“So far as I know myself,” Wesley wrote, “I have no more concern for the reputation of Methodism or my own than for the reputation of Prester John.” We know that the goodness and burden of awakening is not for careerists. Awakening is sown by the company of the misunderstood, the downwardly mobile, the unthanked, the obscure and criticized and burdened. Awakening is pretty messy and costly to people like us who love it and long for it. Reputation is the first thing to go in this kind of praying and leading. Jesus taught that our seeds have to die before anything will grow (John 12:24). And maybe it comes to mind what it is you may need to bury for awakening to spring up: distraction, pride, an attitude of expertise, self-sufficiency, being on-trend, affluence, avoidance, ease.

New Room is essentially a massive band of bands, leaders of many kinds and stages coming together in fellowship and streams of collaboration. J. D. Walt has said that the world is after “win win” relationships: you scratch my back, and I’ll scratch yours. But in New Room we’re building “lose lose win” relationships: I’ll lose all I have, and you put what you have on the table, so that together Jesus gets the win.

Take the long view

You may know the story of a young shoe-shop assistant and Sunday school teacher in Chicago named Edward Kimball who had a heart for kids. He spent hours of his free time reaching out to boys in Chicago’s inner city sharing the gospel, simply sowing love into their hearts. One of those kids was a boy named Dwight Moody, who became a Christian in 1858 with Edward Kimball’s help, and then grew up to be a preacher. In 1879, Dwight Moody was instrumental in the conversion of a young man named F. B. Meyer, who also grew up to become a minister. Meyer in turn led a young man named J. W. Chapman to Christ, who himself became a pastor God used to bring the message of Jesus to a baseball player named Billy Sunday. As an athlete/evangelist, Sunday once held a revival meeting in Charlotte, North Carolina, that continued so long that he invited another evangelist to join him by the name of Mordecai Ham. And it was while Ham was preaching there in Charlotte that a teenager named Billy Graham gave his life to Jesus, through whom God reached more than 200 million all over the earth and untold millions through media with the message of new life in Christ.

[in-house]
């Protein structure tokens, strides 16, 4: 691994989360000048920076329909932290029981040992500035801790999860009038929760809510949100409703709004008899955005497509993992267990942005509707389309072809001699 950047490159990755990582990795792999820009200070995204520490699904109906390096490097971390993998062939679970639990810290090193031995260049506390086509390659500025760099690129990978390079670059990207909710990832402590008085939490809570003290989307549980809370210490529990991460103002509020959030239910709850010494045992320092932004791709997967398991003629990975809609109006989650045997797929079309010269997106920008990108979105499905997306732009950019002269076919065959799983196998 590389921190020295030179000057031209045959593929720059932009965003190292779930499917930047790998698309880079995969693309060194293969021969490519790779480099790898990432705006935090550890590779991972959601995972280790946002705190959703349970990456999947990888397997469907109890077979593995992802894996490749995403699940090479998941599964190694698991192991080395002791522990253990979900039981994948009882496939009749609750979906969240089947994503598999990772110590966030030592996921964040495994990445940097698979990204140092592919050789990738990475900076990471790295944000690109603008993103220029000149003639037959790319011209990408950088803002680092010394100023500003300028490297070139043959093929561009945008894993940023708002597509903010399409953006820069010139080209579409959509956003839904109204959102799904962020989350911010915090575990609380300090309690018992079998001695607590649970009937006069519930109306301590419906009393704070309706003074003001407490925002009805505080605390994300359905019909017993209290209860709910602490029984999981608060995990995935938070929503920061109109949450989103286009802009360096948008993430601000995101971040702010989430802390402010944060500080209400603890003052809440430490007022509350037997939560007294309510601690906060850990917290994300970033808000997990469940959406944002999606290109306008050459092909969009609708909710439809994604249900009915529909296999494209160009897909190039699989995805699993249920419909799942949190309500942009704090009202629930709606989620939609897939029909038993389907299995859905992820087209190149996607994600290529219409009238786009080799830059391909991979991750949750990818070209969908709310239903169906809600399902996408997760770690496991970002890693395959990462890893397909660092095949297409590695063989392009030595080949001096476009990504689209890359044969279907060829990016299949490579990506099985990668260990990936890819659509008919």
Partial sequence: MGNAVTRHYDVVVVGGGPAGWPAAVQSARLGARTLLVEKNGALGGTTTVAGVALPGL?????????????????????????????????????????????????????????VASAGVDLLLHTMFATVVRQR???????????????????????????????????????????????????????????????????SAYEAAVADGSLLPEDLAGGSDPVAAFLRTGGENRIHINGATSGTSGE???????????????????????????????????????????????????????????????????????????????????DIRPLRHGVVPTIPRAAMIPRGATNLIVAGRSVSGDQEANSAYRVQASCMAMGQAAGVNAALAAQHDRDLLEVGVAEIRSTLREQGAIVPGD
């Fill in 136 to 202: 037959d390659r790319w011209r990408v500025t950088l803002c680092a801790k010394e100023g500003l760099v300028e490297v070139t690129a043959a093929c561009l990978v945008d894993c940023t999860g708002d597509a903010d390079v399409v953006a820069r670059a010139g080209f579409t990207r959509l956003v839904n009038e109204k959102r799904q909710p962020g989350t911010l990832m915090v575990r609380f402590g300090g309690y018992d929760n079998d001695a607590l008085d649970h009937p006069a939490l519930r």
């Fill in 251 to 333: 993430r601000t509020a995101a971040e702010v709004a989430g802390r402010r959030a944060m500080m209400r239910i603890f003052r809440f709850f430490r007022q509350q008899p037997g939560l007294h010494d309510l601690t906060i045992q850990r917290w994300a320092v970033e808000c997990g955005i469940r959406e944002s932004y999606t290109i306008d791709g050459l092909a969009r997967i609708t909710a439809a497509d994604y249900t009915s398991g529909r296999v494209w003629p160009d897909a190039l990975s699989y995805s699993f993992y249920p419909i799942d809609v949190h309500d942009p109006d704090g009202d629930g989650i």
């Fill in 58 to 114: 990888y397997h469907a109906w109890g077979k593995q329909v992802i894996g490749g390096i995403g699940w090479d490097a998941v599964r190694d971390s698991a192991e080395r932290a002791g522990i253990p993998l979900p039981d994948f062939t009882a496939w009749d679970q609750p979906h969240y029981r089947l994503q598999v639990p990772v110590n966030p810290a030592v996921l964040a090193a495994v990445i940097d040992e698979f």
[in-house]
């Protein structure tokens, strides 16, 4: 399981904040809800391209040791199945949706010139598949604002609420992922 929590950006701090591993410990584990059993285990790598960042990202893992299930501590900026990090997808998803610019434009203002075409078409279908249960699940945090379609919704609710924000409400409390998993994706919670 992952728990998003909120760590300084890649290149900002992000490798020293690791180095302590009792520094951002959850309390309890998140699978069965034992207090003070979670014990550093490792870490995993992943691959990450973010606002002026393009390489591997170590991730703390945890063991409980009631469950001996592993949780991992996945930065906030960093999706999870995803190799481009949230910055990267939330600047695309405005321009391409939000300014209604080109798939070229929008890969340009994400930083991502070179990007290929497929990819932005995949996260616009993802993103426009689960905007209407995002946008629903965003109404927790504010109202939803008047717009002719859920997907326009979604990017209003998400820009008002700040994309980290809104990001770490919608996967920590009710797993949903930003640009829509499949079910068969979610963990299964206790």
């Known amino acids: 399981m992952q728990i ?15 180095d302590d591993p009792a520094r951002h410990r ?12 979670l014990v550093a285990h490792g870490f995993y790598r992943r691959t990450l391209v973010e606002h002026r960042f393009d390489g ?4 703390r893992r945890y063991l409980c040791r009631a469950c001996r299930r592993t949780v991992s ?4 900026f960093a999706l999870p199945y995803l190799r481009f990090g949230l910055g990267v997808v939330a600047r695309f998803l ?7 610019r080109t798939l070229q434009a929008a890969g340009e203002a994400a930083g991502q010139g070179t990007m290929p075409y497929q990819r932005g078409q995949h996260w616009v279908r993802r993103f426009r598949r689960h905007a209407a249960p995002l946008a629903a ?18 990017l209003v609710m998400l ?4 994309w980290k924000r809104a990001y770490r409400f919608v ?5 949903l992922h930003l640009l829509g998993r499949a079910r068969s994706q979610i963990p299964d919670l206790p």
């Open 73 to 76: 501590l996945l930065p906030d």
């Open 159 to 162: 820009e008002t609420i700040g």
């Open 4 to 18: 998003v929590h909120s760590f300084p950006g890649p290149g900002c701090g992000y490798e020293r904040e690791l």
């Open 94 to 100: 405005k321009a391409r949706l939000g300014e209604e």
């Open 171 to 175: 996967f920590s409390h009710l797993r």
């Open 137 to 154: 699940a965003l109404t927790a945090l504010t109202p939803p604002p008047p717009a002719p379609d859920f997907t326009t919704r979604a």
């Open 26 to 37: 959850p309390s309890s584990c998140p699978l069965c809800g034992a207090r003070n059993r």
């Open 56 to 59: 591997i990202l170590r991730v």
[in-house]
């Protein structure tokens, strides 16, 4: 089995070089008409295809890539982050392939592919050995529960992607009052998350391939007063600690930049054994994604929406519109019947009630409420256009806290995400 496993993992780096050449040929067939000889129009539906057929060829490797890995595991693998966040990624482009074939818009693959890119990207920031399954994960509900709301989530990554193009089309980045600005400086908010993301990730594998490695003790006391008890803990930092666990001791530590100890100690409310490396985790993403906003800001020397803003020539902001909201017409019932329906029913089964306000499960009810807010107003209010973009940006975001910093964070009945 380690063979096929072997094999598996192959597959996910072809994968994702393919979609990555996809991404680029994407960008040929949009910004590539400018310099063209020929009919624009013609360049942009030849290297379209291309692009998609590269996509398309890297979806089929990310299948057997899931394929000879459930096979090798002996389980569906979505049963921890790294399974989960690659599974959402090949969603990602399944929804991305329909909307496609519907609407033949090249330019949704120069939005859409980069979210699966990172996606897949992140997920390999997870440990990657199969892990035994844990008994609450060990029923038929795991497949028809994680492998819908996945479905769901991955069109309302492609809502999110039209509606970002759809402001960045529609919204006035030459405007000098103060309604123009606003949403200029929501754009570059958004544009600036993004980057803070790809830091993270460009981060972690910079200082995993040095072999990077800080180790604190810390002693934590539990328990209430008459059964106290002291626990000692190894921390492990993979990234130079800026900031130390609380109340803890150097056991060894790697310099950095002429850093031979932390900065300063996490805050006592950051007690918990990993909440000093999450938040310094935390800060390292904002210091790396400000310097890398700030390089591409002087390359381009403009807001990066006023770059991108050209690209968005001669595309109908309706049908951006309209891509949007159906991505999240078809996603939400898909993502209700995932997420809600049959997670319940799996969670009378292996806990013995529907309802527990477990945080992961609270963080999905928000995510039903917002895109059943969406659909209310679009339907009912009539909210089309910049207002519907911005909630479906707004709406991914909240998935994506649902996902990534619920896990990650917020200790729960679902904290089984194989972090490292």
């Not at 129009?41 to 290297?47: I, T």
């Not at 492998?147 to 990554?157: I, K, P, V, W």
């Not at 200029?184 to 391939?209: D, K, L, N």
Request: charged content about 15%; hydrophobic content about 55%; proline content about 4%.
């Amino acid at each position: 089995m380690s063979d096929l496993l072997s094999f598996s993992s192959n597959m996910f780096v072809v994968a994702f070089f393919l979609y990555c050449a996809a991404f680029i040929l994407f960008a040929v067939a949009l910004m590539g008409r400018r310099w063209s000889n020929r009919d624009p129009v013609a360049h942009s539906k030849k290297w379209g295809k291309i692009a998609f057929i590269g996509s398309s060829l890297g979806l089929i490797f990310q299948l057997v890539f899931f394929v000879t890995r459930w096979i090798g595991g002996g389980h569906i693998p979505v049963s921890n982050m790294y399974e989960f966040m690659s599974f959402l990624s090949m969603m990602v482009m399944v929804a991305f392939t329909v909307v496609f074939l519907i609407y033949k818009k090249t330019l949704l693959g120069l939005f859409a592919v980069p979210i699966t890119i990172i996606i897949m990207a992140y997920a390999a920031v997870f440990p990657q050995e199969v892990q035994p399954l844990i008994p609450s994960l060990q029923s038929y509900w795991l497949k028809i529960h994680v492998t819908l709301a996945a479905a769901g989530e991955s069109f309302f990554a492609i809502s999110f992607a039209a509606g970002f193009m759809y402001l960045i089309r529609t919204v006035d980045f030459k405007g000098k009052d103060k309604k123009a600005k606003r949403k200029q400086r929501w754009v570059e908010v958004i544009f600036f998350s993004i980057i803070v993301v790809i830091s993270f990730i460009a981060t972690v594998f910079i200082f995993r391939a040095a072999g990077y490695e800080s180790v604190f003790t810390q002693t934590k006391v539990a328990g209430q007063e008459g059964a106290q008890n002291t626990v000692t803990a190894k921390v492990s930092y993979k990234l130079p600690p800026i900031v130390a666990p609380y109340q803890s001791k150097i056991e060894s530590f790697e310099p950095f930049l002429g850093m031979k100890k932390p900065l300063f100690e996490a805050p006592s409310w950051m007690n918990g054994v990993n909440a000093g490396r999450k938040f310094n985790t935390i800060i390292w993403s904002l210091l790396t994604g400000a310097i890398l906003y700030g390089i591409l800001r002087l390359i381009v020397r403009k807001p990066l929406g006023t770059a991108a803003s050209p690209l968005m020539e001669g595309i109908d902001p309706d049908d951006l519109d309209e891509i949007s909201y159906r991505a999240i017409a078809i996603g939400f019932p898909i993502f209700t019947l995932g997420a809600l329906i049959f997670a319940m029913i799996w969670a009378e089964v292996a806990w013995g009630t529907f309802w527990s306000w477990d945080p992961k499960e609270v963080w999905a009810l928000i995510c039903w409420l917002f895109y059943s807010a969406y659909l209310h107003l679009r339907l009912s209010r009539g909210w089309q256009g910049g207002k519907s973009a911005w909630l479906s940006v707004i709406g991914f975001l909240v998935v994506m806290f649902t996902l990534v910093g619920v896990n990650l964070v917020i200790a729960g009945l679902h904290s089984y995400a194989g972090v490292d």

It happened across generations, all starting with Edward Kimball’s decision to sow love into the lives of some kids on the streets of Chicago. But awakening leaders know that is the nature of awakening. We take a long view of sowing for fruit we may or may not see or taste, sowing for shade we ourselves may or may not ever enjoy, but sowing nevertheless.

If you have any connection to farm life in your background or experience, you can understand how sowing conveys this protracted, generational outlook on the work of God. Because sowing is patient and slow. It’s no sure thing. Sowing is humble. Sowing knows we can’t make awakening happen any more than we can make a seed germinate.

But we can be honest about our need for awakening. We can posture ourselves to receive it. We can remove impediments to it. And we can cry out to God for it.

That’s the leadership culture needed today.

This article represents collected learnings from more than a decade of ministry as Seedbed and New Room. These pieces have been contributed by writers, leaders, and practitioners in fellowship with the goal of providing practical insights for individuals and churches desiring awakening. With special thanks to David Thomas for his contribution to this resource. (c) 2024 Seedbed, Inc.